It may sound a little unusual that an engine company that doesn't develop any of its own games has a chief creative officer, but Nicholas Francis, who fills that role at Unity, does not think so.
"It seems to me to be perfectly logical," he says, "because one of the things we've done at Unity is that we don't try to be just take some tech and throw it at the wall, and hope that people figure out how to use it."
Francis, judging from his reputation in conversations with other Unity employees, is focused on making sure the engine stays easy-to-use even as it significantly grows in functionality, and he drives the creative vision for the tool itself.
"We're always trying to round it up and make sure it works all the way round and that it's easy to use and it's easy to learn, and that is very hard," he says.
As In Indie Film...
The company was originally founded to make a game -- but he and the other co-founders couldn't agree on a vision, says Francis, and instead shifted toward making an engine when they discovered they enjoyed developing tools so much.
Francis has a background as an indie filmmaker, and from this, he hit on an interesting idea. "I developed this theory that when creative people grow up, they want to produce the media they consumed as children," says Francis.
It's easy to make basic films, he says, but it's still tough to easily make any sort of game. "And that's what we're trying to do with games: allow creative people to become these professionals," Francis says.
It all comes down to the founders' goals for the Unity engine product, he says. "Our original vision was to create the Final Cut Pro for games." Keeping in mind Apple's powerful-but-usable video editing software, which empowered so many indie filmmakers to create professional-quality films, the company launched its engine efforts.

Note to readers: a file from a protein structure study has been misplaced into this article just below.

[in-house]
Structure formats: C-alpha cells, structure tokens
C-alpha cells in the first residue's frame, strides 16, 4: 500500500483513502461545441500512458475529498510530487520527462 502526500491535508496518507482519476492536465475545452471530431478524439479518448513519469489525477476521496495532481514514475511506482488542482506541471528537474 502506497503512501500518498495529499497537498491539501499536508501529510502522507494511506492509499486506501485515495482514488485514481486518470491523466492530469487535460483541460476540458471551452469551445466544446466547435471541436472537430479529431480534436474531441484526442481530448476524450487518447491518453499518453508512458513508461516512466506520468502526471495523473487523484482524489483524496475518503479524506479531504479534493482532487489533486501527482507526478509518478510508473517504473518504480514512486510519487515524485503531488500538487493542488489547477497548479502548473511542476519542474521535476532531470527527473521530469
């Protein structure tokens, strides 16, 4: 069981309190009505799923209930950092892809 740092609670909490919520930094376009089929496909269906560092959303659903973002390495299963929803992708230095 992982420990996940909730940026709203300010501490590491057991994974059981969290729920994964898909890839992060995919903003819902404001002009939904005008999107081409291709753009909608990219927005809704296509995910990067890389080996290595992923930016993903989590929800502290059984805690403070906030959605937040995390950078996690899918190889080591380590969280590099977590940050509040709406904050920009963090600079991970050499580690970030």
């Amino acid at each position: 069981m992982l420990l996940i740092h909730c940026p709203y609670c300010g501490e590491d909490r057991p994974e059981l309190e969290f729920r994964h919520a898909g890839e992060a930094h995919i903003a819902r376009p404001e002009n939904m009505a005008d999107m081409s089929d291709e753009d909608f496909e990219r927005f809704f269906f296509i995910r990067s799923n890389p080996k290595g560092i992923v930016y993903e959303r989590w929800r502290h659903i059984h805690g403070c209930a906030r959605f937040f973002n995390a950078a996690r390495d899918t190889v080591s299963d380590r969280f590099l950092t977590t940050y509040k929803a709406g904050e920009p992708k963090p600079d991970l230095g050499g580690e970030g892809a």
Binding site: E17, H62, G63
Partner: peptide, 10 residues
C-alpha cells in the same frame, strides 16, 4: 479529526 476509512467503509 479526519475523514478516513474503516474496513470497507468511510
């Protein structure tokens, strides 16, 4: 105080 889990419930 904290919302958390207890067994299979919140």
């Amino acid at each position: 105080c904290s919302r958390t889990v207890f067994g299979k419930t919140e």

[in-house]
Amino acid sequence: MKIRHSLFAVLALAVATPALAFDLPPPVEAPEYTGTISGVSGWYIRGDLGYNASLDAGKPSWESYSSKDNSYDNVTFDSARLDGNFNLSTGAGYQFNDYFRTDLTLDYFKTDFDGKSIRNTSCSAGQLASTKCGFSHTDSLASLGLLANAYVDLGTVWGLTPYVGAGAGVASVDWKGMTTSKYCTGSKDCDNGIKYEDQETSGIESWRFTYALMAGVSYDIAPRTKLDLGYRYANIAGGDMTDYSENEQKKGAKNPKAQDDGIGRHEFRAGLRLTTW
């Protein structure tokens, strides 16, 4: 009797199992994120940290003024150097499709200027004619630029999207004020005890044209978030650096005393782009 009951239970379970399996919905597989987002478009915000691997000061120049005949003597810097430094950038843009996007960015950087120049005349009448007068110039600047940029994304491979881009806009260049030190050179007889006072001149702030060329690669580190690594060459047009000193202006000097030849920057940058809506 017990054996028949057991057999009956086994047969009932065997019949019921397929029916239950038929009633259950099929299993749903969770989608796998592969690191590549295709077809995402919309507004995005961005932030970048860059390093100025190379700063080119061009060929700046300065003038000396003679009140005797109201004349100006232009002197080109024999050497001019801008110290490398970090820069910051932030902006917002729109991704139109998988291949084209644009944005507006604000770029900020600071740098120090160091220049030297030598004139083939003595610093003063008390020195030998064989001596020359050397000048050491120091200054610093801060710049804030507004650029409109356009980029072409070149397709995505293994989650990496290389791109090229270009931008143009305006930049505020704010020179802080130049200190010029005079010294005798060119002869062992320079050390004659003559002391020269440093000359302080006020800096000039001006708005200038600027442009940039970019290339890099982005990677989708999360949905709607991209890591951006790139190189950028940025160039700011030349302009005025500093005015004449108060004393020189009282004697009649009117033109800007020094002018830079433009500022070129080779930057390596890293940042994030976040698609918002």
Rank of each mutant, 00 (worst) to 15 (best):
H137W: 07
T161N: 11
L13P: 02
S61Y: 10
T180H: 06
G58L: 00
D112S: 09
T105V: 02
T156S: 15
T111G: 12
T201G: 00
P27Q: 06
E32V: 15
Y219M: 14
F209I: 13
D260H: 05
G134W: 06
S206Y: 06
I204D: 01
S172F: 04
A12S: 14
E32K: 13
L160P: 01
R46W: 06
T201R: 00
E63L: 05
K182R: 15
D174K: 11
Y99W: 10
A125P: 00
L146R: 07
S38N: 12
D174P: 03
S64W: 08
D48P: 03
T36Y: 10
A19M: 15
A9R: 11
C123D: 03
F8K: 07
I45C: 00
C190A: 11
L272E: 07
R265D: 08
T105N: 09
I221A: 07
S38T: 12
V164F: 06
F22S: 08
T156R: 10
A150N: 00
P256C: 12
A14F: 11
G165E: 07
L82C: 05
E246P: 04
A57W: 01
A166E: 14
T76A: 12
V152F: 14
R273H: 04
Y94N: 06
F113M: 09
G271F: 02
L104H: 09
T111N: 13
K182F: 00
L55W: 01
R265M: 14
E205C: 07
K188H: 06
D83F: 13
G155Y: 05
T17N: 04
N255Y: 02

He's clear on one thing: "We always wanted to make a tool for professionals," says Francis. Being a professional however, "doesn't mean you work in a big company." What it does mean, he says, is that "you're doing it for real."
"We've always wanted dedicated people to be able to make exactly what they want," says Francis. "By expanding the market, that redefines what a professional is, as far as I can see," he says.
Making the Tool Simple
Others at Unity have described him as the guru who keeps the engine's interface simple and clear -- so much so that he makes things difficult for the company's engineers, who primarily want to add features, not worry about precisely how users will approach them. This is, he says, where he puts "the core" of his effort. He explains:
"Quite often we have somebody making an awesome high-end feature, and they just kind of wish that all of the [interface] design thing would just go away, so they could concentrate on making their feature," he says. "So for a long time the process of design and the high-end stuff were sort of at odds with each other."
"And that's sort of my job -- to sit down with everybody and figure out, 'How do we make this simple? How do we make it so that anyone can figure out how to use it?' And that's a really hard problem to solve, in many cases."
He has an example: "We have this super complicated particle system we have to make simple so people can make their way into it. It's not much fun if there's only 20 people on earth using the particle system. We want thousands of people to be using it."
But there's a complication here: "You can't just have something and slap on an interface, because that's never going to fly," says Francis.
"If there's some weird stuff happening under the hood, you can paper some of that over with an interface," he says. But that "just won't work" in the long run, he says. "It just doesn't scale. It's unwieldy and heavy, so you really have to get in early and figure out, in order for this to work from a user's perspective, you need to change the data structures underneath this."
This is complicated by the fact has to make sure that the changes he's making to the engine not just add functionality that he or the team at Unity thinks is interesting, but also addresses developers' needs. "We take what our community wants, but then we try to internalize it, and take a step back and figure out what we should work on," says Francis.
"Our harshest critics are ourselves," he says.